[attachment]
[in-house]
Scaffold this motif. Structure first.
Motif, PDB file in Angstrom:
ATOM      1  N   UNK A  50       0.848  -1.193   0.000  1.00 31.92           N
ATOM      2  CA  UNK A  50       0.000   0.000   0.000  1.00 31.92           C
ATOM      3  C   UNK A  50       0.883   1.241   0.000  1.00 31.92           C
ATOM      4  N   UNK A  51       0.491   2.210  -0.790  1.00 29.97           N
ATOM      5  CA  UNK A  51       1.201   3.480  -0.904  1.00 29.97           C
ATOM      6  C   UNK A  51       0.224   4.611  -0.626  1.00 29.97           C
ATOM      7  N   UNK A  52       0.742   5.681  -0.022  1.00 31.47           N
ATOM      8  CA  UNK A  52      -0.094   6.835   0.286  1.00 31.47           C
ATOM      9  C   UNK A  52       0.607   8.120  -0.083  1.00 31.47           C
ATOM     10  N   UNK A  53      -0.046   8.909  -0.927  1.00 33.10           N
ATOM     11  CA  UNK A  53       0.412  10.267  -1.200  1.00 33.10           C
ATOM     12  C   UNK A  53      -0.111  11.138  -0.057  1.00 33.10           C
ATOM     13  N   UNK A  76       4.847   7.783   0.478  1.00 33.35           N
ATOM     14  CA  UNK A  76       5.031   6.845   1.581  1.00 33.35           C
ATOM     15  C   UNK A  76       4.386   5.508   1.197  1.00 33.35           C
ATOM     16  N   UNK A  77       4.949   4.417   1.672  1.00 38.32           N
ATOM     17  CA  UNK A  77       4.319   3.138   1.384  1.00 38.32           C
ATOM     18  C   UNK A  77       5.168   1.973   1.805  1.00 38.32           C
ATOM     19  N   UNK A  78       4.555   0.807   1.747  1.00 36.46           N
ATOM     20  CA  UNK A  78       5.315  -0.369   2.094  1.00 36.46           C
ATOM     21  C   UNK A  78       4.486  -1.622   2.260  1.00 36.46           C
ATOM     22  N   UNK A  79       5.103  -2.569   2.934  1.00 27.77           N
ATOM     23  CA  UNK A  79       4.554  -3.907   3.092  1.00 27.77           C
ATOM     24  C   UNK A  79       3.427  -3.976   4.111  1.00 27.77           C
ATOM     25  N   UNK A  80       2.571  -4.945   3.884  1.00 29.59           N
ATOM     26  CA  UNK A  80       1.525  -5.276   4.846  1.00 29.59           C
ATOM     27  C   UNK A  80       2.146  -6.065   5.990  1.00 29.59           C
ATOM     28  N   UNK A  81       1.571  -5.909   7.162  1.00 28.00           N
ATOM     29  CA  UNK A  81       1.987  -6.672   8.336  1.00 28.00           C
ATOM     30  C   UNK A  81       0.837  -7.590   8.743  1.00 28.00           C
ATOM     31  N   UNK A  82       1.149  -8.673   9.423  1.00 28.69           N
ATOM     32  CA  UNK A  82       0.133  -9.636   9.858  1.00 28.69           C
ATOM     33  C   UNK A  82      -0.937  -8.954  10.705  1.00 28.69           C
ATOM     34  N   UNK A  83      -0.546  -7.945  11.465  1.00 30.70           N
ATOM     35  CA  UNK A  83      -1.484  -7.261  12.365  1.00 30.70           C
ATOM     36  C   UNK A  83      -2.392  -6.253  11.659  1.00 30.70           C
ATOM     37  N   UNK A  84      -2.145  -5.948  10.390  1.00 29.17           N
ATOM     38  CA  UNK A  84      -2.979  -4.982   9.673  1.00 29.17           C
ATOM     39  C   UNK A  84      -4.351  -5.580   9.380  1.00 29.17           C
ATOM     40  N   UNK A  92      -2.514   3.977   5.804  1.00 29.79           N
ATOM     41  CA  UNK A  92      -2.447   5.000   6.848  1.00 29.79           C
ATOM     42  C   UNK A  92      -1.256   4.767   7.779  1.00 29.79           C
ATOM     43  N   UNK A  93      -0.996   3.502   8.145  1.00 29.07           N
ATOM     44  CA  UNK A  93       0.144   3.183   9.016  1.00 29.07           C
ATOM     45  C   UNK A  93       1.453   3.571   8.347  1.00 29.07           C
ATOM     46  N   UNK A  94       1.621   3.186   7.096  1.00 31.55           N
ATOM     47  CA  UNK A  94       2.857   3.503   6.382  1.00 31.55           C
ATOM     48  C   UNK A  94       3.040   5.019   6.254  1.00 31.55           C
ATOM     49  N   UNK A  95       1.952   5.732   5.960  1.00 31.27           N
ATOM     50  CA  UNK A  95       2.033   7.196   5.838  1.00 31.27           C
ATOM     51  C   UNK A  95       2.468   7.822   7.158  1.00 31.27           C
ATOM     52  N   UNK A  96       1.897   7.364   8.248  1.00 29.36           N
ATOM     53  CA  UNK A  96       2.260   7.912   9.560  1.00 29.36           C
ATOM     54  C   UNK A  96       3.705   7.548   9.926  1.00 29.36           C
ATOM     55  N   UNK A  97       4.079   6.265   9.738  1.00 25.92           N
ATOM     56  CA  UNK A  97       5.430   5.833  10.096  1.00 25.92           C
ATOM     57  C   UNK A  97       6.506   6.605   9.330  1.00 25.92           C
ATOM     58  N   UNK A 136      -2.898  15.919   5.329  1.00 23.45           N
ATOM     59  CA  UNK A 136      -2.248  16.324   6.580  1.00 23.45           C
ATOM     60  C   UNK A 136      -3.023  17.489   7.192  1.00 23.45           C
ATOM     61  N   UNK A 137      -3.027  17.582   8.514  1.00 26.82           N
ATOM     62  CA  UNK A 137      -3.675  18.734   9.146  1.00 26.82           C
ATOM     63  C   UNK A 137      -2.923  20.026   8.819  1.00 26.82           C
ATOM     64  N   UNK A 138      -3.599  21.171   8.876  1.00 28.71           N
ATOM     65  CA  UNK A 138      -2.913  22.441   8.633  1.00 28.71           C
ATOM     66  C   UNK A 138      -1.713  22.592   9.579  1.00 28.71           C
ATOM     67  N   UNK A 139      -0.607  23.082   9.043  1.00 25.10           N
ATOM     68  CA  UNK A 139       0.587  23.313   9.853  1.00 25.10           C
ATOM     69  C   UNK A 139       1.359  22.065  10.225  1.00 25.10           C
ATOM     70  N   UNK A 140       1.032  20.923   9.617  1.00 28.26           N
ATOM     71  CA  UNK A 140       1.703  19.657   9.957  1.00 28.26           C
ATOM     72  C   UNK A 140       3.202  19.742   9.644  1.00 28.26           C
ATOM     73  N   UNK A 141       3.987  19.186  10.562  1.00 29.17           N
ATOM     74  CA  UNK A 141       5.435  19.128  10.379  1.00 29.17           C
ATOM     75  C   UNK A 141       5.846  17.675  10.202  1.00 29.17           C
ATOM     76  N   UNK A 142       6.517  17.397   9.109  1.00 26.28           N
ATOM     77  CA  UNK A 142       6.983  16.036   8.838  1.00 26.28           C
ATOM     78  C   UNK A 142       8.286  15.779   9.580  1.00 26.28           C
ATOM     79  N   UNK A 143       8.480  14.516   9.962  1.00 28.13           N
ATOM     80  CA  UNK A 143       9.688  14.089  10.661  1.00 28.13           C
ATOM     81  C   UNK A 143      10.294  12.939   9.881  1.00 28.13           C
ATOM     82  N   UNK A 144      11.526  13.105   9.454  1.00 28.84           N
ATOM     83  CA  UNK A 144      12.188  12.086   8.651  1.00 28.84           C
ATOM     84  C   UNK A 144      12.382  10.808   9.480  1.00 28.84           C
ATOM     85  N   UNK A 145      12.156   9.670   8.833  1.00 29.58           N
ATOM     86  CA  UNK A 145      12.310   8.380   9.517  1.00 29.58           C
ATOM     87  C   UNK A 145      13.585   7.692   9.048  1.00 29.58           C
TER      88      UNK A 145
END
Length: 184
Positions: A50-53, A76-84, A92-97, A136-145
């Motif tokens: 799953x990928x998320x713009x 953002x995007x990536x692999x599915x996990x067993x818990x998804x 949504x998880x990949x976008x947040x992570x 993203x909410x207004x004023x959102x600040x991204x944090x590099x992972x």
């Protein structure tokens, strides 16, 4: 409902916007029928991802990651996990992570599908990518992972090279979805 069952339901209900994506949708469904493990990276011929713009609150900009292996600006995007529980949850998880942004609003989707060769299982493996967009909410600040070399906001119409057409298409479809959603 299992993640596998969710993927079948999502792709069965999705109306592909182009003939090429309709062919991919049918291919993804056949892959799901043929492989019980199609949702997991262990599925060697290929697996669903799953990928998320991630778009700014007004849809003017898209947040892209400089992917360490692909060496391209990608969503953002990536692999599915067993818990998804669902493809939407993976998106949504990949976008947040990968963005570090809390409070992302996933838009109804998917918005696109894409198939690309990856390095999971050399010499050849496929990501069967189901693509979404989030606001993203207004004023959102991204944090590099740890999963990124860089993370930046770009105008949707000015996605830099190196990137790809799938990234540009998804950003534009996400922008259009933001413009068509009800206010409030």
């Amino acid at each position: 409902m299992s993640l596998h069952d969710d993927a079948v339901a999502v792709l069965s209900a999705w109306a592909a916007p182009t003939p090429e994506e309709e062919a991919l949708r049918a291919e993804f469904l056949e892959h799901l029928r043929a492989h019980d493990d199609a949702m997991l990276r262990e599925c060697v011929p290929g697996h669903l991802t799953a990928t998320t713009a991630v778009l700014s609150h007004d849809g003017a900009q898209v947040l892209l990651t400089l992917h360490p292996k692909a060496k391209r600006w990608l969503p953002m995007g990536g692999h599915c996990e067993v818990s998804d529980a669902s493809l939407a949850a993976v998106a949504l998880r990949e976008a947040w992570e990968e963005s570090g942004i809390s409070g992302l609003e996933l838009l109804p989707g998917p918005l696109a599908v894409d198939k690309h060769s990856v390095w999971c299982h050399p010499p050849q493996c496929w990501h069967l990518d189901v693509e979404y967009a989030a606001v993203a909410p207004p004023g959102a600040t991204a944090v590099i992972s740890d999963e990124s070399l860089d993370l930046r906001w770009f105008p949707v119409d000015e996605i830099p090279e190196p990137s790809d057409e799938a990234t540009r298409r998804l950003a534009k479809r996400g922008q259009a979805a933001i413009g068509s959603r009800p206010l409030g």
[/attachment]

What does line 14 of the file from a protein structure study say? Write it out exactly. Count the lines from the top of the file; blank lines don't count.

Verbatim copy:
ATOM     11  CA  UNK A  53       0.412  10.267  -1.200  1.00 33.10           C